This principle is similar to principle #2, except that now you need to start from the figure and look at the corresponding description in the results section, instead of the opposite. You will catch discrepancies more often than you think.

      Keeping the example above in mind, examine the axes of the graph and note their name: ‘Exhaust capacity’ and ‘Number of mutations’. Now imagine that the corresponding text of your results section says:

             “We examined the dissipation efficiency of tools A and B as a function of the number of changes.”

      Graph in which the names of the axes are different from those of the variables

      As you can see, the variables mentioned in the results (‘dissipation efficiency’ and ‘number of changes’) are different from those mentioned on the axes of the graph. Consequently, readers will struggle to understand the results – until they eventually guess that you use ‘dissipation efficiency’ as a synonym for ‘exhaust capacity’, and ‘number of changes’ for the number of mutations…


      You might think this example is far-fetched, but I can assure you it is not. This kind of discrepancy occurs quite frequently because researchers tend to use synonyms for technical terms instead of always sticking to the same term. However, synonyms can completely confuse non-expert readers… (You can find more tips on writing clearly for non-experts in this free guide: Being clear without dumbing down).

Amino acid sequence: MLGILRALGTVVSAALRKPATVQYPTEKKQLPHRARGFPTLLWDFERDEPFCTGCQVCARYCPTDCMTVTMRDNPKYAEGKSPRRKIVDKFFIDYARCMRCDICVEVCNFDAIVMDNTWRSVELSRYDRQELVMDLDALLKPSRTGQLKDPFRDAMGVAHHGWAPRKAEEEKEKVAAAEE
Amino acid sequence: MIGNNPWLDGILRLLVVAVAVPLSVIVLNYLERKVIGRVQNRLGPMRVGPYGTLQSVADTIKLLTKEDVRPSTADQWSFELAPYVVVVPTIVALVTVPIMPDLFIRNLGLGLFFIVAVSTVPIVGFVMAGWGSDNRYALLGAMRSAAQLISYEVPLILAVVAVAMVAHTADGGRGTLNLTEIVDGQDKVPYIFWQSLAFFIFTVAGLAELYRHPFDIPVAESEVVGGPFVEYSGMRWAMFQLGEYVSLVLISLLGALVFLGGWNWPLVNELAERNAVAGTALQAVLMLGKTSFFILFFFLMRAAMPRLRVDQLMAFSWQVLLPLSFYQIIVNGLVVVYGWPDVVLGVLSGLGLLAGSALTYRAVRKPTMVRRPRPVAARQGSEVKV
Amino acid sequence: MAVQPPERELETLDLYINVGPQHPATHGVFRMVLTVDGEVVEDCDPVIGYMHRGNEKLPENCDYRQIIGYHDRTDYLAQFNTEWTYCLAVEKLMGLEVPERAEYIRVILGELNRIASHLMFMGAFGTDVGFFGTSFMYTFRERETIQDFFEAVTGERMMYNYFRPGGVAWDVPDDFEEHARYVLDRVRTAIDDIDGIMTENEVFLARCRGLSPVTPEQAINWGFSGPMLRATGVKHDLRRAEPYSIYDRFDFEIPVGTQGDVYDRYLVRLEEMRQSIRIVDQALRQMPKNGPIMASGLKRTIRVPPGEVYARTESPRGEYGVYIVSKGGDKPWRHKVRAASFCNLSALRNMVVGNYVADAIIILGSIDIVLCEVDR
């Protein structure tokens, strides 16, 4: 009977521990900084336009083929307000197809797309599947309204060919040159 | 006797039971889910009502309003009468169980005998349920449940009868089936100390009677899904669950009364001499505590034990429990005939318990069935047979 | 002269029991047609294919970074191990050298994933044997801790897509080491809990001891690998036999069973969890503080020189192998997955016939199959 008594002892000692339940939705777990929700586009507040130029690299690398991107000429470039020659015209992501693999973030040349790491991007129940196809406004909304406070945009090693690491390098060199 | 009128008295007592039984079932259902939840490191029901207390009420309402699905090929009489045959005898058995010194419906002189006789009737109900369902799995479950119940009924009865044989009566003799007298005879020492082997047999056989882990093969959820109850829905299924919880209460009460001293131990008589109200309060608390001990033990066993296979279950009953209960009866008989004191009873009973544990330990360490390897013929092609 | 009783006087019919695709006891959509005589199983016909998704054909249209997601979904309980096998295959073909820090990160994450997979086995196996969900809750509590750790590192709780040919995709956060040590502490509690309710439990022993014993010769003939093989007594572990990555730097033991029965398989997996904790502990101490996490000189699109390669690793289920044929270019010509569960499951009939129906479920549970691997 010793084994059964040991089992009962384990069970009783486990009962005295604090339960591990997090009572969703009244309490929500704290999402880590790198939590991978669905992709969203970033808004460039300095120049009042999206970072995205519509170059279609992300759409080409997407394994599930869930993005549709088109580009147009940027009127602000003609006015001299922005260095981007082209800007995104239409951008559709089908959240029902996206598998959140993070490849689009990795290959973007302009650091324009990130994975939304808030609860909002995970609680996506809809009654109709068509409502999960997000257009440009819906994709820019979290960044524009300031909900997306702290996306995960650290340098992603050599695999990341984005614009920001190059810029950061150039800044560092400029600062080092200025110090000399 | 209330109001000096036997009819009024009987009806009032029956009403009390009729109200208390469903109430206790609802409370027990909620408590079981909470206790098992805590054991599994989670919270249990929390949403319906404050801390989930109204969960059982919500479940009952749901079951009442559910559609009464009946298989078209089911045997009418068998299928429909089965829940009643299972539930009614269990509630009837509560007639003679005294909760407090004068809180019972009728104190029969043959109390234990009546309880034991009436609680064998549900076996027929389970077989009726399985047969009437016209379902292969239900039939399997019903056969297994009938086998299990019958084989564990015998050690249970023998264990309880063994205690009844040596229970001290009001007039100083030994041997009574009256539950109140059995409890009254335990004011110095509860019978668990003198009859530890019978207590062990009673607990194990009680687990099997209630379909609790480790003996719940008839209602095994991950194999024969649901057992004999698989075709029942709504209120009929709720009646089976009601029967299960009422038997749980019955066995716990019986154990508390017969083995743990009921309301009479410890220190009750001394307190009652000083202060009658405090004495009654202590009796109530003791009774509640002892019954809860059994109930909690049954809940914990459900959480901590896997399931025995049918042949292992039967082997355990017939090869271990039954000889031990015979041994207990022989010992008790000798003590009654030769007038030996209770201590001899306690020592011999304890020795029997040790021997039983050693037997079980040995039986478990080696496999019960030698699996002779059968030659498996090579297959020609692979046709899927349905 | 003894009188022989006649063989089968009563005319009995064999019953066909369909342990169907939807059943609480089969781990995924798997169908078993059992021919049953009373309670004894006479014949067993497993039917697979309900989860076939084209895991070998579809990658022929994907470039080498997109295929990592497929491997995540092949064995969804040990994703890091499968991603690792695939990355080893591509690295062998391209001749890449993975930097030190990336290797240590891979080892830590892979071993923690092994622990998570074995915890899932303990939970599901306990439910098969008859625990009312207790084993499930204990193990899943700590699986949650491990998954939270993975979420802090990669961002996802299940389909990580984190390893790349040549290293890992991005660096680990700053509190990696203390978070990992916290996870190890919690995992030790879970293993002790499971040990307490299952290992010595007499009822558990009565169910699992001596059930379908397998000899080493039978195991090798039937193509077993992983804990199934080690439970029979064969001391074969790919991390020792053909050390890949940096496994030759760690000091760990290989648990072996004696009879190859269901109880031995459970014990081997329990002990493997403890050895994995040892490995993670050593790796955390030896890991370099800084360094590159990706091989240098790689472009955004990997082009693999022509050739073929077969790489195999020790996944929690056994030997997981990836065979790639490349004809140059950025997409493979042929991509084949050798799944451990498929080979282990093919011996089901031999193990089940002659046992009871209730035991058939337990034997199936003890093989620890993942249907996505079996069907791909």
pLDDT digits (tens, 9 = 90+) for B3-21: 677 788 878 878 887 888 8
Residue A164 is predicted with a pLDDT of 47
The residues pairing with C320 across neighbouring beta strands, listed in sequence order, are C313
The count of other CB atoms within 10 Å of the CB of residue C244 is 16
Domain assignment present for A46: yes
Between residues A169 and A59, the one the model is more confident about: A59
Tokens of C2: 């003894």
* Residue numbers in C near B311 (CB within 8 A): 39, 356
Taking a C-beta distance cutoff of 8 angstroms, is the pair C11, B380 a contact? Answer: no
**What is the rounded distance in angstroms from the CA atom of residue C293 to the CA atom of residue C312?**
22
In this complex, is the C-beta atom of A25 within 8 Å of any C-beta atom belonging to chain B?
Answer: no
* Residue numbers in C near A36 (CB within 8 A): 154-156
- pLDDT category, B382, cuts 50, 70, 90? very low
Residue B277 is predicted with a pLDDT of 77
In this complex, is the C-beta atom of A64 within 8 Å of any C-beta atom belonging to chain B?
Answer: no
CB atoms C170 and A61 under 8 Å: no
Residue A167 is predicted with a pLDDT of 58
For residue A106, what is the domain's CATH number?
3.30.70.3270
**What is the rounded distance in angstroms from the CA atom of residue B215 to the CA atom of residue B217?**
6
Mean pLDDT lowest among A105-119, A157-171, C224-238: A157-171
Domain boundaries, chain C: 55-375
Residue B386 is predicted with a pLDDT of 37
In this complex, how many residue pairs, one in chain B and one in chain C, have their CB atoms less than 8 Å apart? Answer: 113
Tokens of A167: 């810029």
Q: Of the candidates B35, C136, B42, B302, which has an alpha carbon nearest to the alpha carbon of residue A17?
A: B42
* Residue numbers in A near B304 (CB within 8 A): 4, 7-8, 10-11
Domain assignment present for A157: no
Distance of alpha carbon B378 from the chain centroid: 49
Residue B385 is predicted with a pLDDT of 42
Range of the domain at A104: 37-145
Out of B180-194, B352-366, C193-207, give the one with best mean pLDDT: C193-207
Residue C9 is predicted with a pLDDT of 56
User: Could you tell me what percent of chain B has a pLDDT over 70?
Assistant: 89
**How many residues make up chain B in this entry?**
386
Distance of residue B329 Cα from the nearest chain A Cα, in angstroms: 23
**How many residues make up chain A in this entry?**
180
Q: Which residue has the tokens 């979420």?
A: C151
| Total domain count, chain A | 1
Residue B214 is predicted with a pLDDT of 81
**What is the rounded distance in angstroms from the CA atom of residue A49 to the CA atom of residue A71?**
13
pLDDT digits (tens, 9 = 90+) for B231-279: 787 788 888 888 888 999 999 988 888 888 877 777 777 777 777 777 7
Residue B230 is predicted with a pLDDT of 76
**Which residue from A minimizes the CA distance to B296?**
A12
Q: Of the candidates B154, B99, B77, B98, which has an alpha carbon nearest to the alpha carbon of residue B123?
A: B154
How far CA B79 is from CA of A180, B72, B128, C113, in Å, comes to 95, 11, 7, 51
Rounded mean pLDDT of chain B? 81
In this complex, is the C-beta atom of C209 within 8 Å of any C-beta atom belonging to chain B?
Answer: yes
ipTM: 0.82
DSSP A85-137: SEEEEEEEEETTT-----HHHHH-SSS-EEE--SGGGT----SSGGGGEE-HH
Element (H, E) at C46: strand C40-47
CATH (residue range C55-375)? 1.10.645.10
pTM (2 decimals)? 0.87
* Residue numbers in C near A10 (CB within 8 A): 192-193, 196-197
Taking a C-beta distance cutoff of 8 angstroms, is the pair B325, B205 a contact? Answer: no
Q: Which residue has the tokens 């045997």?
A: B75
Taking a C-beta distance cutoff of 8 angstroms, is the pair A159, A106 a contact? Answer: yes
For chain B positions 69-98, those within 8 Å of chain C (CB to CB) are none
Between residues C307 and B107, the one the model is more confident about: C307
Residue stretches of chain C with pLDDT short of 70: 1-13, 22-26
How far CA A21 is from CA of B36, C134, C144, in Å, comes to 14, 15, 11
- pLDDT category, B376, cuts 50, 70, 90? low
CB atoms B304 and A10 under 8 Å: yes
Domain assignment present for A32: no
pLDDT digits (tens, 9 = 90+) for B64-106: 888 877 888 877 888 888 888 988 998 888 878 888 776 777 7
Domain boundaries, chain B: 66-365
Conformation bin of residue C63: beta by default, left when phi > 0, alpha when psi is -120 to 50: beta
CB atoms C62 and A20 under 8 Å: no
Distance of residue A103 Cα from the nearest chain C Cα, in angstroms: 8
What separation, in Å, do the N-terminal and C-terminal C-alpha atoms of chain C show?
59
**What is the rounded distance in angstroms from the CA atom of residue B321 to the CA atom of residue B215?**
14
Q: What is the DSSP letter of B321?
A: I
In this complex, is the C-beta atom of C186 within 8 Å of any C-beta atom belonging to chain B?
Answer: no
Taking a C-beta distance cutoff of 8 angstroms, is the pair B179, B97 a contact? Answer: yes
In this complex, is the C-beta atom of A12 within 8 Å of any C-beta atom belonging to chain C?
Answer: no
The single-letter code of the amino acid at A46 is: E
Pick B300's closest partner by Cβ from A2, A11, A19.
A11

You can only spot such discrepancies by looking at the figure and carefully checking that every term of the figure labels is used exactly as such in the results section. This effort of harmonization helps clarify the results section, not just the figure. Triple win.


      Summary and actionable points

      In summary, designing self-explanatory figures provides 3 main benefits:

      • They are much easier to understand;
      • They can be reused for talks;
      • The results section is clearer.


      --> Go and check the figures of your current manuscript or previous papers. Are all elements explicitly labeled on the figure? Do the figure labels correspond to the results text and vice-versa? If yes, your figure is completely self-explanatory (which is very rare, so congratulations)! Let me know how it went at